Things I Think Are Awesome #13: VR and a New Year
From Shelley Jackson's Instagram of her snow poem.
I mused on ephemeral art (James Brunt's leaf patterns in the forest, for instance) in the last edition, and then saw this on Twitter: "The Only Good Thing About Winter is This Story Written in Snow." Since NY got some snow, there has been more progress in Shelley Jackson's snow writing.
Creativity & Tech Links
The Blob Opera, by David Li (sponsored by Google Arts & Culture, where I consult), is adorable.
Procjam 2020 has some great toy and game generators. There's a furniture generator by MinimalOcean with controls for how many decorations, beds, lamps, etc you want. You can't have too many lights in winter of 2020. I paid for it; artists that make me laugh are worth $. There's also a Tom Gauld comic figures generator by the inimitable watabou, famous for many map and building generators.
I've been seeing a bunch of good articles on the economics of creativity. A couple by Li Jin: Building the Middle Class of the Creator Economy (in HBR originally), her 1000 True Fans? Try 100, and Josephine Livingstone's Monopolization is Killing Art. One of the large issues, of course, is how to connect creators to fans who will pay for their work, using what platform and what recommendation system. (All the Substack think pieces are clearly related.)
Meanwhile, I liked this article on puzzle game makers, including small companies, doing well during the pandemic.
Some misc tech links of value:
Text Analysis in Python For Social Scientists by Dirk Hovy is available free as a PDF until Dec 30 (today!). If you miss the link, the code examples are here.
This looks like a good web development course from Microsoft. (Via the excellent @omarsar0).
Maarten Lambrechts is doing his annual list of lists of the best visualizations of the year.
I am, like everyone, going nuts stuck inside. So I decided to attack the problem with tech (of course) and got myself a VR headset for the holidays. I've been enjoying it a lot, despite some minor issues with fogging lenses and slipping headsets when trying sporty apps. I've experienced more "wow!" jaw dropping moments in the past week than in the previous year of weeks combined. Here are some observations and recs from only a few days, and not just games.
You can view Google StreetView imagery around the world, in 3D, in VR. (The Earth VR app, which looks amazing, doesn't work with my headset yet.) I enjoy it a lot more than on a laptop. I've "been" to Antigua, Guatemala (one of my favorite cities), Essaouira in Morocco (where I wanted to go last November but didn't buy the ticket and have been peeved at myself ever since), Edinburgh, Accra, Stonehenge, random Danish roads, downtown Paris. And speaking of StreetView, this is a rabbit-filled island in Japan which makes cute viewing (thanks to @alykat).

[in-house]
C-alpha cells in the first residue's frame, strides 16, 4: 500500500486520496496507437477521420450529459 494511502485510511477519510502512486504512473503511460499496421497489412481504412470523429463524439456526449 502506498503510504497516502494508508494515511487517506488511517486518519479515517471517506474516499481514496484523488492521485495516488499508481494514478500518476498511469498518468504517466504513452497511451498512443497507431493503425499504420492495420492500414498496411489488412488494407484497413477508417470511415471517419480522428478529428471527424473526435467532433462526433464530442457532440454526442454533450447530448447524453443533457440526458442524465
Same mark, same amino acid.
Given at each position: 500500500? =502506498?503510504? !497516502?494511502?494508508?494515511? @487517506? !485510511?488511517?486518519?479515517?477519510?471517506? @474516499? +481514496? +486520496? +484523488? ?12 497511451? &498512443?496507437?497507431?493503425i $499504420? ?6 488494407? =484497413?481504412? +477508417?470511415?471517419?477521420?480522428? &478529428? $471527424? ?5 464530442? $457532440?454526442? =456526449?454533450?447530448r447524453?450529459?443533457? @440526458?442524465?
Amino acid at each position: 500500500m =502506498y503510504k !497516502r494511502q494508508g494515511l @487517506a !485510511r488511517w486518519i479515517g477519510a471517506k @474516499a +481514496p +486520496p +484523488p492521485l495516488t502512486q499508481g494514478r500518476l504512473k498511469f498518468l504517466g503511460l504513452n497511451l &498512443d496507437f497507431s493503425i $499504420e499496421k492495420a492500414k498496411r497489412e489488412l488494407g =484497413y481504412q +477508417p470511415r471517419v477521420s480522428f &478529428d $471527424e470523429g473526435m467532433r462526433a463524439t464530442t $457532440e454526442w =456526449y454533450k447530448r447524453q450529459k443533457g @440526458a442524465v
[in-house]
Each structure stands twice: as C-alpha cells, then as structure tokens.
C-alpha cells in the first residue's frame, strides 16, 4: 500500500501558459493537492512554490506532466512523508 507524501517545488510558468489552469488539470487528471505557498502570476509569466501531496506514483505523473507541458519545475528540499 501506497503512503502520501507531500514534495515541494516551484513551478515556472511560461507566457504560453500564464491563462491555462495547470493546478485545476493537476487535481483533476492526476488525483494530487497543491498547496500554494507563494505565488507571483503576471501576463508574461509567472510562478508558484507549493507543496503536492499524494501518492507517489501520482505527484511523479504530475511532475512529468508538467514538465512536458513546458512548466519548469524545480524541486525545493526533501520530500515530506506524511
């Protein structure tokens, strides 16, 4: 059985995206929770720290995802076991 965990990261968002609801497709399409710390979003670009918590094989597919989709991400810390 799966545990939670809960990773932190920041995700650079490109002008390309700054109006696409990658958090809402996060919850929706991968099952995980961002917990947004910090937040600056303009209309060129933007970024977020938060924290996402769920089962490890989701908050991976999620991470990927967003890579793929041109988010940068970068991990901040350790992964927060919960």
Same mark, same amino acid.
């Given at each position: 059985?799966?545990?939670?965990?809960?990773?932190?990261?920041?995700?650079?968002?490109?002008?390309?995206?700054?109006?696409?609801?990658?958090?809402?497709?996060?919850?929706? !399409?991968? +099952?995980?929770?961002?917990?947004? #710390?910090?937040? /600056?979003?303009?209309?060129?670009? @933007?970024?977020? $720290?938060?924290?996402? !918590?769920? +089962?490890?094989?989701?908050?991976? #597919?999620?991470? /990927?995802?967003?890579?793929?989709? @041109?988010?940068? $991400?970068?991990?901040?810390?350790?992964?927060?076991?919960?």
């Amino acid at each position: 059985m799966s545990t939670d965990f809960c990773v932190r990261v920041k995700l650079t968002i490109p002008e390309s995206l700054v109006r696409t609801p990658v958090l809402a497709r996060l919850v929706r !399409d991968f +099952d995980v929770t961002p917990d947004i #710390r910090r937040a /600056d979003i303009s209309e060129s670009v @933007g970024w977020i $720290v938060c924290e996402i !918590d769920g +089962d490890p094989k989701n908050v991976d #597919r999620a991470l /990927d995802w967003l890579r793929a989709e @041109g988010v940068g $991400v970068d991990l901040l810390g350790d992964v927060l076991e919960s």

Google Streetview image of Essaouira, Morocco, by Stephen Ewashkiw
I haven't been snorkeling since moving to France, which is starting to bum me out. I am enjoying Ocean Rift, an app where you get to "interact" with a bunch of underwater animals. I like bobbing around the kelp and finding schools of fish, though it is weird to be able to walk thru rocks with no issues. As in many of these apps, I do wish there were more haptic feedback when you "touch" things.
A similar (cheap) "just explore environments" app is Nature Treks VR, where you can bop around in forests, fields, or a minimalist underwater environment, and plant things. The wintry hills have some weird bunny rabbits and wild cats who squish themselves to the ground when you fly over them. Sadly, a tree I planted had a square trunk. Oh well. No Man's Sky in VR is fun for just wandering around beautiful procedurally generated alien planets, and after I figure out the really complicated VR controls I'll do more of that.
I've tried a few games too. The Room VR is as cool as everyone says; it's a beautiful "puzzle" room piece set in (for example) a creepy archaeology lab (should we really be waking these monsters out of curiosity?!) and a Rosslyn-like chapel with hidden treasures. If you're looking for gorgeous design ingenuity, though, I am amazed and awed by Down the Rabbit Hole, which really uses space well and is charming to boot. It looks like A Fisherman's Tale is similarly clever and beautiful.
Down the Rabbit Hole UI example - you peer in little rooms and you adjust the view up and down using that blue tree root on the right as your character moves between sections of the game. This view has cute baby bunnies in it.